Nordic.design website screenshotNordic.design is down-right cute with it’s geometric patterns and neon colors. Via nordic.design

MOO’s business card sample packBold colors and patterns jazz up MOO’s business card sample pack. Via MOO

6. Movement: animations & GIFs

You may be hearing a lot of buzz about microinteractions lately, but what exactly are they and why should you use them? Simply put, microinteractions are tiny animations used to communicate with users and help them perform tasks. They are a UX best practice, and possibly one of the biggest UX trends to date.

Final app gifApp interactions for Final. Via Ramotion
Contact sync gifContact sync microinteractions. Via Ramotion

Microinteractions are everywhere and though you may not be consciously aware of them, every time you receive a notification on 99designs, like a post on Facebook or swipe left on Tinder, you are engaging with microinteractions. They are particularly useful in making users feel like they are manipulating an interface by providing feedback for their actions. Paying attention to the details can really take your designs to the next level.

500px logo gifThe new movement of 500px. Via William Kesling for Focus Lab

Animations for the new Google brand systemAnimations for the new Google brand system. Via Adam Grabowski
Uber logo gifOfficial animated wordmark for Uber. Via Nicolas Girard

When it comes to larger animations, GIFs and SVGs are valuable tools for communicating ideas, concepts and processes while making content more engaging for users. GIFs have come a long way since their animated clip art days and have evolved to fit in fabulously with the modern web. Add interest to ads, email newsletters, illustrations, icons and logos by taking advantage of this trend. Animated GIF logos have really become a trend of their own and it’s easy to see why—they’re slick, clever and extremely appealing.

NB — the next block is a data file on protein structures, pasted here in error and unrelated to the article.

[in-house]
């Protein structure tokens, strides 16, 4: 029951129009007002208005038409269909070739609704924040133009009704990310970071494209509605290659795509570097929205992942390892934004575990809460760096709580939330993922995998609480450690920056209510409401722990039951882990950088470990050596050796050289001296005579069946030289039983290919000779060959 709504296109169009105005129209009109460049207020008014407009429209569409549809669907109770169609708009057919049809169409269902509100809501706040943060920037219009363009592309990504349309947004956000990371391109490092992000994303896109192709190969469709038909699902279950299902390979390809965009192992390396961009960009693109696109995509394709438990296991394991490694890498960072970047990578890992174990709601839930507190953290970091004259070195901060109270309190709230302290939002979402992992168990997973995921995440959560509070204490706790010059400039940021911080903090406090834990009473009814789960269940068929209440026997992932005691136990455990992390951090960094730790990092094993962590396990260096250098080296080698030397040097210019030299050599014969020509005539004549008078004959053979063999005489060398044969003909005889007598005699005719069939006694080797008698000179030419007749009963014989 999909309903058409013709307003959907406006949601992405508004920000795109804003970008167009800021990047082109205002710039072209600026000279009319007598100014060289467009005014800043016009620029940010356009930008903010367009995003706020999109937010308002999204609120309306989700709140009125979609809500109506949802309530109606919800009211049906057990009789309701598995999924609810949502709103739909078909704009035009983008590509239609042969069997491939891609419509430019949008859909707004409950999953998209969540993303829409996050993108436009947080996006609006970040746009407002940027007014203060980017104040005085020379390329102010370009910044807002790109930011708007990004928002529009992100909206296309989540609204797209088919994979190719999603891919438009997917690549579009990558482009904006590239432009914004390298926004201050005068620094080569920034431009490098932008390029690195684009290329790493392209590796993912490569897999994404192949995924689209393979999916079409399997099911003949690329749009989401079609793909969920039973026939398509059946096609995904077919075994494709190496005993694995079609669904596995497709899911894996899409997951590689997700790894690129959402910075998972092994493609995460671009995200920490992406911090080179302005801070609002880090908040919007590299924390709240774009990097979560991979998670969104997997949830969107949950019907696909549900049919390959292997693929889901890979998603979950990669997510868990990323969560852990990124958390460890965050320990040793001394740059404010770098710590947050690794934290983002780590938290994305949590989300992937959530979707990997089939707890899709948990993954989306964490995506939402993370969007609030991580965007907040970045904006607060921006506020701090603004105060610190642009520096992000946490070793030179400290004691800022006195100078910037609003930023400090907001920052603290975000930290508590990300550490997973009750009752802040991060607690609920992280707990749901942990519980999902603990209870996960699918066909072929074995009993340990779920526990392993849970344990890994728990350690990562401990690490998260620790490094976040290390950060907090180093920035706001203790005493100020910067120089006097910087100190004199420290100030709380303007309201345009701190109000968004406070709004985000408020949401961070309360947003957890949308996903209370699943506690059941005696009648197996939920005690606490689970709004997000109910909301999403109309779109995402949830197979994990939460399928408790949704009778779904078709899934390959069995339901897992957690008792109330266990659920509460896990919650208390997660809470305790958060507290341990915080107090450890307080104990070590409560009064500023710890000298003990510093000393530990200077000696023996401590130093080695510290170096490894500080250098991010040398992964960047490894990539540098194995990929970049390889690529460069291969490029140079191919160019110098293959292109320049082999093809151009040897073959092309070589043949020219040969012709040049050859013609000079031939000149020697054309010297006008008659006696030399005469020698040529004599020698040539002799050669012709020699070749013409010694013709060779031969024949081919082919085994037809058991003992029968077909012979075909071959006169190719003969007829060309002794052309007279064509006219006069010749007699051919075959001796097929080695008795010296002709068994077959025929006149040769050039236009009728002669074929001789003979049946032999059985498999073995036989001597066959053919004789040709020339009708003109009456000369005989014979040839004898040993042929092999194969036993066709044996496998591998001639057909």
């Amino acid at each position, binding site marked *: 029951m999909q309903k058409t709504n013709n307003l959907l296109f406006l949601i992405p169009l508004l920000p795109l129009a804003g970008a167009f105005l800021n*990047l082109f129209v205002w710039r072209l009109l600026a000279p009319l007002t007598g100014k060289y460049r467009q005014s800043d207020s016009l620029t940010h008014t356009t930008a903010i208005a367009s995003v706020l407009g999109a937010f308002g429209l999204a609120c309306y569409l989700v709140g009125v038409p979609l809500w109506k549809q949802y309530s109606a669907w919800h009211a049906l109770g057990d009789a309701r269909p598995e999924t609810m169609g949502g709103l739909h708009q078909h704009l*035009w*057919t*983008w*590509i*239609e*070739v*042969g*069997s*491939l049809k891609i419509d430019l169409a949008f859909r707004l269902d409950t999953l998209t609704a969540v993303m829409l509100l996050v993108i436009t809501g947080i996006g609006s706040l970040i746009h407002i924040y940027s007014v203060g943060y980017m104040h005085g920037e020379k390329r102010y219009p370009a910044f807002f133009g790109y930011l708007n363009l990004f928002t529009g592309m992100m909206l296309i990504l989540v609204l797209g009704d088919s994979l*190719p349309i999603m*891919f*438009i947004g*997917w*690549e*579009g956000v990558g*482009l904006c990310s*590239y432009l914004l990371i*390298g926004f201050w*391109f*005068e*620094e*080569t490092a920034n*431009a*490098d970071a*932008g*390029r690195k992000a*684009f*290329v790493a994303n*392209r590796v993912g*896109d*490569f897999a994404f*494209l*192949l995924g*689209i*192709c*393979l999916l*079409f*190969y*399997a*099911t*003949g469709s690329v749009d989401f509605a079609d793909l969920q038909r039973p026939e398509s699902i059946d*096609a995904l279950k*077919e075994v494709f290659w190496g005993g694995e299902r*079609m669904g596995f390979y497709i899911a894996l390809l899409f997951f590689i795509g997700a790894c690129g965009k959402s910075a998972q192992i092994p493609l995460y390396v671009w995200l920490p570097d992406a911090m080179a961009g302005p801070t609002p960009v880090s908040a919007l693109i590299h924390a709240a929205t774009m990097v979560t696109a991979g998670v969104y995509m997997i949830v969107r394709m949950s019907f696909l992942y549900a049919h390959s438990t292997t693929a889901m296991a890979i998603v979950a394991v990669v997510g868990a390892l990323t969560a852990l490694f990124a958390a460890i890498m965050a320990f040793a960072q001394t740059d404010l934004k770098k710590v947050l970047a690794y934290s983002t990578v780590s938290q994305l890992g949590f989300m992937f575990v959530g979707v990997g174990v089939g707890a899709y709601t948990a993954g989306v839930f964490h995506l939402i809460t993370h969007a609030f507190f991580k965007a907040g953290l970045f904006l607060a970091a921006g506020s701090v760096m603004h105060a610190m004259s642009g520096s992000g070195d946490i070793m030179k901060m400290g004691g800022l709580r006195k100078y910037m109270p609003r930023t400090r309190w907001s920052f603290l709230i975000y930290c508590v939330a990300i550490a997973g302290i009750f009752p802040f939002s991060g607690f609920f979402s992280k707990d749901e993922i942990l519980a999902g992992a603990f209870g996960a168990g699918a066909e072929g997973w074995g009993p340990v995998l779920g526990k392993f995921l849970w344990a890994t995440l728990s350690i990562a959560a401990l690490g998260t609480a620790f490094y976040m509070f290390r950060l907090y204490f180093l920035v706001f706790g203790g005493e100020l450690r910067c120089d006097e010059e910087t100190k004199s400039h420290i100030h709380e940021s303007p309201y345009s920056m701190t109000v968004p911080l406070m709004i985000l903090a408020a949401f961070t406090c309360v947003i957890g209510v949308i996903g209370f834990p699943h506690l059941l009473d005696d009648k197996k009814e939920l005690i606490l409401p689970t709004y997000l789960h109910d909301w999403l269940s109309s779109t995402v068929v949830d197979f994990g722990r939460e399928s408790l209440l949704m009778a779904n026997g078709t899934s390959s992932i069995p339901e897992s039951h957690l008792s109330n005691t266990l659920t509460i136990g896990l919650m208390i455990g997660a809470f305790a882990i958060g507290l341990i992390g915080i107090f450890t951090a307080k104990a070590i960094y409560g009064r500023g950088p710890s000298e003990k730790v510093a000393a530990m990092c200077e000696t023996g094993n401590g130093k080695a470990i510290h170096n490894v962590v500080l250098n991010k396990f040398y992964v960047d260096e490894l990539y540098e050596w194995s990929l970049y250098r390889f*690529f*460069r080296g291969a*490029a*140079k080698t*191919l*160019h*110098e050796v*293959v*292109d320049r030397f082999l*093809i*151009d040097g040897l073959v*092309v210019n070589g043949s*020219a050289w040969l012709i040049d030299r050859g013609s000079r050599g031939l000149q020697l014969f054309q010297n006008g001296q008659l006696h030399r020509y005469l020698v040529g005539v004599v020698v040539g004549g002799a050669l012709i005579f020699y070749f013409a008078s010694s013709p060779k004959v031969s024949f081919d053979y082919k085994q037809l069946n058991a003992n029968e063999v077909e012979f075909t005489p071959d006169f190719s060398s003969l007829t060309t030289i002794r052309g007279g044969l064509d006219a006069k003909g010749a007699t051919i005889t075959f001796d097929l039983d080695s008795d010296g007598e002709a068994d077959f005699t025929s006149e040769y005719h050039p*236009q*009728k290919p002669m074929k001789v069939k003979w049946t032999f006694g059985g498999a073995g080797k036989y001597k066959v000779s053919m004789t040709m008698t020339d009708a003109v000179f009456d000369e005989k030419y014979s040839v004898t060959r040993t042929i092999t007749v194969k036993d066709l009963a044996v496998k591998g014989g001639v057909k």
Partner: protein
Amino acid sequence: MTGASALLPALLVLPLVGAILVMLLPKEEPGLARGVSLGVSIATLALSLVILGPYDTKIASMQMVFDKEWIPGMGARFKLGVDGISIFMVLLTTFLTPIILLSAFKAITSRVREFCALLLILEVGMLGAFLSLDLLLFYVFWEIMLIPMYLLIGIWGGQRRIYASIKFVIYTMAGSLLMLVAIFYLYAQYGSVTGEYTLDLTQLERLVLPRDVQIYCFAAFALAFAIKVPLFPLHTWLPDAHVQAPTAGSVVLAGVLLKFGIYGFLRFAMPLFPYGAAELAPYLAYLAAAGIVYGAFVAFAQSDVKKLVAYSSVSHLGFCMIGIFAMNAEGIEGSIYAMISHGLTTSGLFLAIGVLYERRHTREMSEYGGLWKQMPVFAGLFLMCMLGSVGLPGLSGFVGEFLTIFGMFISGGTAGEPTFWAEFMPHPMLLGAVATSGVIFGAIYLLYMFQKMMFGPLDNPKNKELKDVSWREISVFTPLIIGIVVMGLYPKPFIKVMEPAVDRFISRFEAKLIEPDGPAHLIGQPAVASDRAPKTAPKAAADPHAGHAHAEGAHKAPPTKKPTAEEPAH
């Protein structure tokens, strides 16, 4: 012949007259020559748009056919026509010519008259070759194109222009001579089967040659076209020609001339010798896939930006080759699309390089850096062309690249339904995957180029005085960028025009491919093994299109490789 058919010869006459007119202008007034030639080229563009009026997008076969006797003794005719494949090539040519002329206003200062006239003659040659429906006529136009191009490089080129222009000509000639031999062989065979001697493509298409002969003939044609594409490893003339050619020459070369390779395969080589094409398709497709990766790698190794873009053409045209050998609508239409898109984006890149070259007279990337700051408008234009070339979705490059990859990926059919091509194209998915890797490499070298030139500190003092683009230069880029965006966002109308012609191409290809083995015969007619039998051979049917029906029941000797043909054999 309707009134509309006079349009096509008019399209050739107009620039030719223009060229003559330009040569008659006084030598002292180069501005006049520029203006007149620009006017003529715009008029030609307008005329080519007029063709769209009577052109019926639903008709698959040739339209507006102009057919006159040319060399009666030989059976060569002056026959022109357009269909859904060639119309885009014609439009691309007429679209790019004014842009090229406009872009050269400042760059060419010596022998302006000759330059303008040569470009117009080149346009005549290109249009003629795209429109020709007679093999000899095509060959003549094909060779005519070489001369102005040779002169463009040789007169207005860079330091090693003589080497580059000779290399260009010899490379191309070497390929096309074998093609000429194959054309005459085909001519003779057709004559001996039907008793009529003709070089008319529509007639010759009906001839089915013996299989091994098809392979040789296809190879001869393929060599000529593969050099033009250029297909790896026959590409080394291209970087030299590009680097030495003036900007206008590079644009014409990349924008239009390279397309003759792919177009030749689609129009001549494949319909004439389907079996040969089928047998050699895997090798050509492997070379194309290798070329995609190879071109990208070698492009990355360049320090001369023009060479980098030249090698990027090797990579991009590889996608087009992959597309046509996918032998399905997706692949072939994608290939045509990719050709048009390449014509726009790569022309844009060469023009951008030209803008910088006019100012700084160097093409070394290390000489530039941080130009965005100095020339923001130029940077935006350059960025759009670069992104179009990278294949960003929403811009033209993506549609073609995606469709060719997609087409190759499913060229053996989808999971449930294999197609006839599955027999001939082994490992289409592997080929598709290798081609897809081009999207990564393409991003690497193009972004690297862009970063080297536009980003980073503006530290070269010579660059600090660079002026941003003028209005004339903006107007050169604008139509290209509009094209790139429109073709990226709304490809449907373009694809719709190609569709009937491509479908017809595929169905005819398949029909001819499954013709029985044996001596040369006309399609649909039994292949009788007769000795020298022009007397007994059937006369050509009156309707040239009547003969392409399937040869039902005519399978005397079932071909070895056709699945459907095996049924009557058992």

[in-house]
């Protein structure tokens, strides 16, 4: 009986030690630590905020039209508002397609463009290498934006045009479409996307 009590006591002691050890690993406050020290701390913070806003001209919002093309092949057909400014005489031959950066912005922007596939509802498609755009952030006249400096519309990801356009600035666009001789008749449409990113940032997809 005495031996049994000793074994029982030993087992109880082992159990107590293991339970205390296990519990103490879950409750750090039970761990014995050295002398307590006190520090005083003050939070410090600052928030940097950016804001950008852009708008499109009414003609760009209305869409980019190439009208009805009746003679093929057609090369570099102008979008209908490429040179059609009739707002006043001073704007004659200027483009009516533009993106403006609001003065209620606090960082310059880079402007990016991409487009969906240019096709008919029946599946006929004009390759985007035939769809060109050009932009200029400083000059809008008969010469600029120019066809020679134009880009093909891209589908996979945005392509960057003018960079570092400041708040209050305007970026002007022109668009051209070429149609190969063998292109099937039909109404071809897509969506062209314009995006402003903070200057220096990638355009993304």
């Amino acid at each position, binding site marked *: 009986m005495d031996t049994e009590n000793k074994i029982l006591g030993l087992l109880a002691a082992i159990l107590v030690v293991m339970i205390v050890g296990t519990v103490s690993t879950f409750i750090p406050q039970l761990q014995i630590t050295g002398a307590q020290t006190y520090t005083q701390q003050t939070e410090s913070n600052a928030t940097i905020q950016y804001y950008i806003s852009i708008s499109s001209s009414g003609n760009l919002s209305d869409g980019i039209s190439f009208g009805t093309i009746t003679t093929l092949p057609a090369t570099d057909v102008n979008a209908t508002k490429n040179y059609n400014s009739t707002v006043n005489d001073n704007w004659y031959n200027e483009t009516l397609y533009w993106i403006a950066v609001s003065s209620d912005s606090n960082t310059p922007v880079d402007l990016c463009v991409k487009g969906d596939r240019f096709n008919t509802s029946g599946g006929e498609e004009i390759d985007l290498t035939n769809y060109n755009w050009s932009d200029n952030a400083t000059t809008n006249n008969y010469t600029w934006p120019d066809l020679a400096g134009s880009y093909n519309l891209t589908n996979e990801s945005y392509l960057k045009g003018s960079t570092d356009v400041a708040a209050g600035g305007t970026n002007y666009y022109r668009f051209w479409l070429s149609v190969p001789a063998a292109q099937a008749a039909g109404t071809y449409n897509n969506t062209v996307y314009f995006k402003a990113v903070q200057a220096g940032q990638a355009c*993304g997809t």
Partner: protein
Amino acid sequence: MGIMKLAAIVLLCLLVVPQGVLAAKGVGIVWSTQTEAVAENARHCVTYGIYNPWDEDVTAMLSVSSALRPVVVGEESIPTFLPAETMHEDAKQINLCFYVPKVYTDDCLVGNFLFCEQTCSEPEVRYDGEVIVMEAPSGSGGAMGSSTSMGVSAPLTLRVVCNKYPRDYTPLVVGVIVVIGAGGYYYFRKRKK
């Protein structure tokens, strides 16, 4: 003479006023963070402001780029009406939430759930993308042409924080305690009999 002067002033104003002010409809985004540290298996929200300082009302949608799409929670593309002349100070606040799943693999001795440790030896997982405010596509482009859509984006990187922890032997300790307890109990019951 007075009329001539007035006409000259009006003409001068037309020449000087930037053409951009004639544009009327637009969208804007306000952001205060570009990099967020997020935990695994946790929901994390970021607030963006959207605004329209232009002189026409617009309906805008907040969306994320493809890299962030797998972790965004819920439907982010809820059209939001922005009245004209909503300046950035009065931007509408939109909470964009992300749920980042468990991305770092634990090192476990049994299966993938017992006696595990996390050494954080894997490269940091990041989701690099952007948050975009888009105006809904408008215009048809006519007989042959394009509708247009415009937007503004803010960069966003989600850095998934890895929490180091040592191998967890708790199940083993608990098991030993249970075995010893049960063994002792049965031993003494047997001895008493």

These aren’t your average GIFs. Via The Artery
Icons Responsive animated header GIF demonstrates the concept behind their product. Via Icons Responsive

Bloom website screenshotBloom is brimming with illustrations and animations. Via Bloom

Speaking of appealing animation, the cinemagraph is making a come back! These animated images are essentially still photos with a repeating video loop for only a selection of the image. Think beautiful landscape with a single animated tree blowing in the wind. That contrast of movement on extreme stillness looks striking and surreal. Cinemagraphs are either videos or animated GIFs, and you can expect to see them coming to websites, apps and social media ad campaigns near you in 2018.